The Contemporary Art Center hosted the most P.2 artists – George Dunbar, Karl Haendel, Ozawa Tsuyoshi, Alexis Rockman, Dan Tague, Gina Phillips, Grazia Toderia, and Ragnar Kjartansson. Not all the art was worth commenting on at the CAC, but there were some standouts… first amongst them, and given the pride of place was Dan Tague, whose fictional U.S. Department of Civil Obedience is meant to be a reflection of the current state of surveillance and Democracy. Official-looking museum vinyl lettering informs you that the exhibition has been underwritten by the USDCO and a second message, smaller and placed near the baseboards of an adjoining wall, further tell you that “You Are Under Surveillance”. Turn around and look up and sure enough – a camera is pointed right at you. Is it real? The light blinks red…. Andy stared the camera down, hoping to break it with his Marina Abramoviæ-like concentration, but to no avail. The USDCO’s faux-logo is an iconic image of a rattlesnake, mouth-open, poised to strike. Tague’s work is, in fact, the visual equivalent of that ominous reptilian rattling sound – it’s all irony until it’s not, and by then you’ve been fanged.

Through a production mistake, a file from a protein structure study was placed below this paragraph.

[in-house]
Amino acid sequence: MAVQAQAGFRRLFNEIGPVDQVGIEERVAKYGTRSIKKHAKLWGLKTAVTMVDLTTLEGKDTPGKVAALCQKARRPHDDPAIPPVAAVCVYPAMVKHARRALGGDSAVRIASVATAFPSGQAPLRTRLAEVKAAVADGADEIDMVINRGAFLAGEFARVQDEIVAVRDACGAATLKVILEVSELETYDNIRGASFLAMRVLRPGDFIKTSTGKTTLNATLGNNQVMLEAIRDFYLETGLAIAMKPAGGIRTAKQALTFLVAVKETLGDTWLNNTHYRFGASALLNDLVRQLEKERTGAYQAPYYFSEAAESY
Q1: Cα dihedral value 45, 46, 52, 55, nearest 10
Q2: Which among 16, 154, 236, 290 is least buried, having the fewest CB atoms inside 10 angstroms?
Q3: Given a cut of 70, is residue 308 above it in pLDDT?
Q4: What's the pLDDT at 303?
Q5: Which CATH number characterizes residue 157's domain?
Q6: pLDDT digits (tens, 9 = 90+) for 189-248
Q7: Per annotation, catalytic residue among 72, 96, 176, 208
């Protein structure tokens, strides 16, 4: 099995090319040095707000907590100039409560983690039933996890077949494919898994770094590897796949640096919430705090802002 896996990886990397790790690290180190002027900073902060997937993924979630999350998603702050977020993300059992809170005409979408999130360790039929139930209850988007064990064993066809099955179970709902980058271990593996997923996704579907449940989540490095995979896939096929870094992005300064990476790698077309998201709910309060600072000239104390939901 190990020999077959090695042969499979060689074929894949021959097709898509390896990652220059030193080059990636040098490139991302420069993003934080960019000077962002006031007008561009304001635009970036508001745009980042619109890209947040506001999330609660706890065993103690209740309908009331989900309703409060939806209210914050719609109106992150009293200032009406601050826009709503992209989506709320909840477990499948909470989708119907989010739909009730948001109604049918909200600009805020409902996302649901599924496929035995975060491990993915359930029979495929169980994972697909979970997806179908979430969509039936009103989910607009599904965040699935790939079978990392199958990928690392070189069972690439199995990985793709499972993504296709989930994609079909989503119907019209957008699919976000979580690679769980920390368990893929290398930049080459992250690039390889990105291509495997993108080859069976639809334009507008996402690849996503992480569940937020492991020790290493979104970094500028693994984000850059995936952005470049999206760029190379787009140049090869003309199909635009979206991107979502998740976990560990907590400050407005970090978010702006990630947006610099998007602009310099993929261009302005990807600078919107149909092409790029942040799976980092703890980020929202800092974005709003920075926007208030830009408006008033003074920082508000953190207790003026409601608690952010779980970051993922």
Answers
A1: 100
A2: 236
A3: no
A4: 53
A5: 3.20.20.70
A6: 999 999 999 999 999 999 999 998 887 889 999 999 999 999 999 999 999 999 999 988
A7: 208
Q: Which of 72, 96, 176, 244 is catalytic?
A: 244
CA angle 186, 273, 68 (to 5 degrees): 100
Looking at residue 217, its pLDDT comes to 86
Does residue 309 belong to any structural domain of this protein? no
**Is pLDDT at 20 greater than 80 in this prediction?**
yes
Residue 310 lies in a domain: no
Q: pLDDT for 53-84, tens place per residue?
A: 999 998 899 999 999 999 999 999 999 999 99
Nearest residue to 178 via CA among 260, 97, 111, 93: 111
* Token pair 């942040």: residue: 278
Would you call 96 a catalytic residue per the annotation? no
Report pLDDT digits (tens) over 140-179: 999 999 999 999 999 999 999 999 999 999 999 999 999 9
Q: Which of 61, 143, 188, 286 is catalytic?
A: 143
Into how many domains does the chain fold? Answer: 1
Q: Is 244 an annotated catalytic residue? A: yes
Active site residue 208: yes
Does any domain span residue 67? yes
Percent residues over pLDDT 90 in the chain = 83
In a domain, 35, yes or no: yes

Gina Phillips, whose large sewn fabric panels and quilts, also made a strong showing at the CAC. Phillips, a kind of SWOON for the sewing set, relies on a limited set of visual signifiers – teeth, birds (often carrying human hands), water, clouds and decapitated heads – which are all realized in bright threads and fabrics. Eavesdropping on a couple of P.2 visitors I heard one exclaim that a new element had been added to the installation since he had last been by. Who knows if it’s true, but I’d like to think it is. I imagine the artist using the exhibition time not to rest on her laurels, but challenging herself to incubate more, making more decisions on what else belongs or doesn’t belong.